In order to show the distinctive features between the structure of the several fibrous vegetables that I treat and that of cotton and the peculiar effect of my process, I have illustrated fibers of the same, highly magni fied in Sheet 1 of the accompanying plates of drawings of which Plate 1 is a fiber of natural wool highly magnified. Plate 2 is a fiber of cotton. Plate 3 one of silk. Plate 4 one of natural flax. Plate 5 one of hemp. Plate 6 one of flax with the fibrils partly separated or spread out. Plate 7 one of flax partially prepared by my process. Plate 8 a cross section through a stem of flax in its natural state. Plate 9 a cross section of the fibril, showing its shape and how surrounded with a set of cords in a spiral direction. Plate 10 a fibril of flax as prepared by my process and Plate 11 a filament of flax spread out. By inspection of these plates, it will be seen, that the fiber produced by my new mode and shown in Plate 10 combines in itself the good qualities of the insect, animal, and vegetable materials.

I will next proceed to describe more in detail my new mode of treating flax, it being premised that a similar treatment is pursued when operating on any of the materials herein before named, varying slightly of course in temperature and the size and form of the apparatus used according to the use to which the result is to be applied.

I take the flax plant which should be pulled or mown before it be too ripe, and sun dry it, or dry it by means of air deprived of its normal moisture by heat and then cooled in a manner that will be described in a subsequent application for separate Letters Patent, and place it in a vessel A, Fig. 1, Plate 2, in which vessel B is a manhole for the insertion of the fibrous materials and C a man hole for the removal of the same, D a perforated bottom and E a heating coil. Air charged with water as before stated is then forced through the vessel A and out at the valve I, depositing its moisture in and penetrating the fibrous materials, as follows: A, Fig. 2, Plate 2 is a chamber containing water to the level 6 Z).

B is a steam-heating coil, C an air-coil. E is a cistern containing water to the line f f. D is a hollow piston, with a valve at H opening inward, operated by a lever I. F is an air-pipe rising above the level of the water line f f and provided with a'valve at G opening inward. The air entering at valve H in elevating the piston is forced in the down stroke through the pipe F and through perforations in the coil D, thence upward through the water heated by the steam coil B and out at the cock J into the vessel A containing the fibrous materials upon which, the moisture with which the air is charged, is deposited. The air after having thus deposited its moisture, passes out at the cock Gr. After the fibrous materials have been thus treated with the air-bath the cementing matters are brought into such a molecular condition as to be soluble in water, which should be made pure by boiling and cooled to 140 or 150 and then passed through the fibrous materials, which may be done by letting it enter the cock G, Fig. 7, Plate 2, from a reservoir and pass out at the cock H until the solution is removed. The resultant fiber may then be passed through breaking and separating or spreading machines in the usual or any desired mode and then is ready to be used in coarse fabrics but for fine fabrics it undergoes further operations which will form the subjects of subsequent applications for separate Letters Patent.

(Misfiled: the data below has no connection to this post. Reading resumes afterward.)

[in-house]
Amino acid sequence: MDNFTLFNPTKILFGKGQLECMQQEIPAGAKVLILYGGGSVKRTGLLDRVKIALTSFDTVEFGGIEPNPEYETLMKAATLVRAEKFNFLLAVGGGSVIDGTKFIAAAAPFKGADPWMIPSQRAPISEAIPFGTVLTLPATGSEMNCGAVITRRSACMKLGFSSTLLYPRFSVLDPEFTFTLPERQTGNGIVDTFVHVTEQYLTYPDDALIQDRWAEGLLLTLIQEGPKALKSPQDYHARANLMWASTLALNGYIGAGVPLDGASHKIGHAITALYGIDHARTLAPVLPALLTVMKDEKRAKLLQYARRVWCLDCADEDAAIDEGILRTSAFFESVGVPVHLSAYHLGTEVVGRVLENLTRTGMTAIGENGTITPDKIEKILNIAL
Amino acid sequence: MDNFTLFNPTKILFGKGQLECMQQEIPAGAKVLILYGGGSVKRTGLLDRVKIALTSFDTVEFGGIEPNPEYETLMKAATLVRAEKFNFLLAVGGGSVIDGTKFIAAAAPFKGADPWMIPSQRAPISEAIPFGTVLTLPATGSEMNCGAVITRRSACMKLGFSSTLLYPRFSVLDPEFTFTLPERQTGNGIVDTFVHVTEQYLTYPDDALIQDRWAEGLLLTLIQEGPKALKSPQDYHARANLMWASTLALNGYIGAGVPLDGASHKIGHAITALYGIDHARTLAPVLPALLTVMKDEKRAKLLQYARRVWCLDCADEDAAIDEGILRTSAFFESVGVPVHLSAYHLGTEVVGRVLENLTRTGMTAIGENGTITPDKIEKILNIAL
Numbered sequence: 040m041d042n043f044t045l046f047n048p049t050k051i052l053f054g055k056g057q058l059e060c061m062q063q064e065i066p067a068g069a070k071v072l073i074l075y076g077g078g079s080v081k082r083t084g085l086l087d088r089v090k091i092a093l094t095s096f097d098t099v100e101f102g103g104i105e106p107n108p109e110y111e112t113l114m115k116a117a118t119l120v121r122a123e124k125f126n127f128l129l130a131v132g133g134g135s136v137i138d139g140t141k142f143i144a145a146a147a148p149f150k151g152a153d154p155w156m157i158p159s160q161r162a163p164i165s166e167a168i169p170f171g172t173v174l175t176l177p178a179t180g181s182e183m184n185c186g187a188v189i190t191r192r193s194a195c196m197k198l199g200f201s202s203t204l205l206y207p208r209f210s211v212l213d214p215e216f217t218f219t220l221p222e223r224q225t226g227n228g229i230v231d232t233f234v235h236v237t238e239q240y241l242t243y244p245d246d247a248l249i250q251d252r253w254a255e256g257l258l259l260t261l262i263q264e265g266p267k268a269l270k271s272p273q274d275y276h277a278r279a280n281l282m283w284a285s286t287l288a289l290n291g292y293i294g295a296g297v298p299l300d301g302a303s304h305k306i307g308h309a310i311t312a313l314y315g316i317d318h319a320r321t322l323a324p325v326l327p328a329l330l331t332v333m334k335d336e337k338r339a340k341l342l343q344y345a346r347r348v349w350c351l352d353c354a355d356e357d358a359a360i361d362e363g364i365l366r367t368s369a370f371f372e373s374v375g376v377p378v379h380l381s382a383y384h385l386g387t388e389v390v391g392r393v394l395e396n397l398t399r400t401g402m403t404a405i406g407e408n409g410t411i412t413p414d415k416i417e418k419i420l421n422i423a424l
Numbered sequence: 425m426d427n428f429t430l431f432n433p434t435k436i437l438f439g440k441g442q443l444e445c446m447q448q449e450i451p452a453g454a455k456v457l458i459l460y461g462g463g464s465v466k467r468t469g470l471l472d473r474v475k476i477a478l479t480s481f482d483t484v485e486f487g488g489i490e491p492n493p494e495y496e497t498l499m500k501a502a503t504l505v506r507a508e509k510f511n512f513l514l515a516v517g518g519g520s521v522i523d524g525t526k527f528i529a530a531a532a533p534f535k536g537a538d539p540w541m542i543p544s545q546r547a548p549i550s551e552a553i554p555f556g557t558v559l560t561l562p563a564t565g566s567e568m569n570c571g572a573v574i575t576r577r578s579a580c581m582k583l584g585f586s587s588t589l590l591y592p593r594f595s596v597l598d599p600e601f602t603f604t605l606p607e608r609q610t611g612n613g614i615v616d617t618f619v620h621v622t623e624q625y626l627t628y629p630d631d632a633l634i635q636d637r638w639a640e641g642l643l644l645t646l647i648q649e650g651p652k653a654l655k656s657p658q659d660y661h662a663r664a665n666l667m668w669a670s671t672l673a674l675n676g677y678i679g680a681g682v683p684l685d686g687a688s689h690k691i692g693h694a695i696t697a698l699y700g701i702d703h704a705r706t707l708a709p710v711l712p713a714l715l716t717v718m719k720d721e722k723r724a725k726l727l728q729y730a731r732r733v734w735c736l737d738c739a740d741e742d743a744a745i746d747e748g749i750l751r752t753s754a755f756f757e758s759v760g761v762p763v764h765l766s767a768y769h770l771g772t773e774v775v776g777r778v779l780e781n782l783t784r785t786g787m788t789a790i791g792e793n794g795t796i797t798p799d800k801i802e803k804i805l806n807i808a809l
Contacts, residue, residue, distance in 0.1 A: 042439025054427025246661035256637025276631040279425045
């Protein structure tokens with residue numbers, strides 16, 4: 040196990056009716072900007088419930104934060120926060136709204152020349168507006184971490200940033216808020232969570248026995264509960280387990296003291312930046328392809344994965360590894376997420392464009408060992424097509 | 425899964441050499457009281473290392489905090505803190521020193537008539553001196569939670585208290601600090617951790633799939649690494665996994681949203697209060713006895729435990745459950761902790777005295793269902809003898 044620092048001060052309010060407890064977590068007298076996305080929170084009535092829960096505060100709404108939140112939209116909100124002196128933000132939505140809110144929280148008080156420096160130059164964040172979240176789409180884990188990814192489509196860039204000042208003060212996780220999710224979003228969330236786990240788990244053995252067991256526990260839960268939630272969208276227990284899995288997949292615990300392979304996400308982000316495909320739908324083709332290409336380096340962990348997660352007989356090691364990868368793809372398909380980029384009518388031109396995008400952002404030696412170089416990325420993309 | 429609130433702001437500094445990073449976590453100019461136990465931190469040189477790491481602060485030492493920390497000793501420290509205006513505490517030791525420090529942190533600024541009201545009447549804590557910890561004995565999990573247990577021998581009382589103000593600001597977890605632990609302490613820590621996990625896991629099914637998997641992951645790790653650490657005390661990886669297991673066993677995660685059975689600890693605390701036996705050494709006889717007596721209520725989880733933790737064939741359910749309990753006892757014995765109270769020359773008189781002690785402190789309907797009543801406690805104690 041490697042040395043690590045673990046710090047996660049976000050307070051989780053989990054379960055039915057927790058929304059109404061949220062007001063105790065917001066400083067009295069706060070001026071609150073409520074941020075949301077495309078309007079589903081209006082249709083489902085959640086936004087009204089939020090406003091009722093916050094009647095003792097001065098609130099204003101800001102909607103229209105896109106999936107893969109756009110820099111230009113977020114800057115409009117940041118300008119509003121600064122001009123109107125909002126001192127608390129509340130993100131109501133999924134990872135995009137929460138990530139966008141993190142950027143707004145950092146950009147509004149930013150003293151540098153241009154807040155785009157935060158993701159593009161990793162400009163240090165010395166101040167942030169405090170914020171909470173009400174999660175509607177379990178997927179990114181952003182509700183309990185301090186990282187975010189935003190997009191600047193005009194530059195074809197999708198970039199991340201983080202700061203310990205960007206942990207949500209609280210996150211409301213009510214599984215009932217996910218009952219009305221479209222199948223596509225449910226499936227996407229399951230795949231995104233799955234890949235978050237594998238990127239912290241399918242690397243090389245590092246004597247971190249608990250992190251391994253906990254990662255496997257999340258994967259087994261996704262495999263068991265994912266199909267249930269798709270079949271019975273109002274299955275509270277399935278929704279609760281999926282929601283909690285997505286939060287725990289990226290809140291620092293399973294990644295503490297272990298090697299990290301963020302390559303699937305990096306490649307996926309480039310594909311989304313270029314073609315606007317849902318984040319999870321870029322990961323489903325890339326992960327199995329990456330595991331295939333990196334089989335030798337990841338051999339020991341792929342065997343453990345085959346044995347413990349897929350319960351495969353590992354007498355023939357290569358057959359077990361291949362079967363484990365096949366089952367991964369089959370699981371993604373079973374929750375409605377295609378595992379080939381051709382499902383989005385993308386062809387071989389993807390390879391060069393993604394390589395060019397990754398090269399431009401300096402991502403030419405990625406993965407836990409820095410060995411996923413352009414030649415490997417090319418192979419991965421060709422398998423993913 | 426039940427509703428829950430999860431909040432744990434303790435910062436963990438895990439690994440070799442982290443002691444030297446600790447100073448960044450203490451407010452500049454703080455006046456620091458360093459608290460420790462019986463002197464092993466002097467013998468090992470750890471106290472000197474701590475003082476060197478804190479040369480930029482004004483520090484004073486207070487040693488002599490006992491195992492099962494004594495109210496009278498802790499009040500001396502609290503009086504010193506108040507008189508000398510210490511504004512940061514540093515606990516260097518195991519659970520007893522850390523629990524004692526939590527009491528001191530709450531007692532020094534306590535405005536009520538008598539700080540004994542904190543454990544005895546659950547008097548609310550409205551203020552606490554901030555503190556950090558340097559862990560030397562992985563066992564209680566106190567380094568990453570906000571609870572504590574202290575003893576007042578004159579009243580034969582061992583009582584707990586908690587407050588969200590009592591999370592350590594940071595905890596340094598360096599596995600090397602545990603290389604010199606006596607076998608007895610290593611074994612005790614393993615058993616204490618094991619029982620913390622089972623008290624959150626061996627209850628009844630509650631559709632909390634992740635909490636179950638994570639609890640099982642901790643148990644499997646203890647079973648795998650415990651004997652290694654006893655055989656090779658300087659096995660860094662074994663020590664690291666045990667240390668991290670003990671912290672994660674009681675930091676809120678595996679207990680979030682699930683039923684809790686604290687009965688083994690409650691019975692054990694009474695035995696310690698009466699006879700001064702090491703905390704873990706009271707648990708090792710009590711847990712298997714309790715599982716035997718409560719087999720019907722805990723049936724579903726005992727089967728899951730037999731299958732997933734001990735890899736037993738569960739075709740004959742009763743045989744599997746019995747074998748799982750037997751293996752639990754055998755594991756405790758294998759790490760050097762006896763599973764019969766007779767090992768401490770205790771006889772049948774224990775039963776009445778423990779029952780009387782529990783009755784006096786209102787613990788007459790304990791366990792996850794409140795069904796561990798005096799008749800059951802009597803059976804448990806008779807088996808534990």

It will be evident that there are other modes and a variety of apparatus other than those described by which the fibrous materials can be subjected to the action of the air-bath and that the air can be saturated by different means from those described and I shall not therefore in my claim restrict myself to the use of any particular apparatus for producing the desired results. It will be also evident that in lieu of charging air with water, that it may be saturated with various spirits, such as alcohol, spirits of turpentine, 620., before acting upon the fibrous materials.

Having thus described my improved and new process, I shall state my claim as follows:

Vhat I claim as my invention and desire to have secured to me by Letters Patent is My new mode of treating fibrous materials, such as flax, hemp, jute, Manila-grass, sugar-cane, &c., the same consisting in subjecting them to the action of air charged or saturated with moisture or vapor, substantially as set forth.

STEPHEN M. ALLEN.

\Vitnesses JosnPH GAvE'r'r, ALBERT'W. BROWN.

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Cited By (4)

* Cited by examiner, † Cited by third party
Publication number Priority date Publication date Assignee Title
US2810647A (en) * 1954-12-21 1957-10-22 Valite Corp Process of preparing fiber from pithcontaining plant materials
FR2288941A1 (en) * 1974-10-23 1976-05-21 Basf Ag Process for low noise and combustion without the production of waste gas soot containing hydrocarbons
US20030117281A1 (en) * 2001-12-21 2003-06-26 Timur Sriharto Dynamic control containment unit
US20030164401A1 (en) * 2002-02-26 2003-09-04 Safety Syringes, Inc. Systems and methods for tracking pharmaceuticals within a facility

Cited By (4)

* Cited by examiner, † Cited by third party
Publication number Priority date Publication date Assignee Title
US2810647A (en) * 1954-12-21 1957-10-22 Valite Corp Process of preparing fiber from pithcontaining plant materials
FR2288941A1 (en) * 1974-10-23 1976-05-21 Basf Ag Process for low noise and combustion without the production of waste gas soot containing hydrocarbons
US20030117281A1 (en) * 2001-12-21 2003-06-26 Timur Sriharto Dynamic control containment unit
US20030164401A1 (en) * 2002-02-26 2003-09-04 Safety Syringes, Inc. Systems and methods for tracking pharmaceuticals within a facility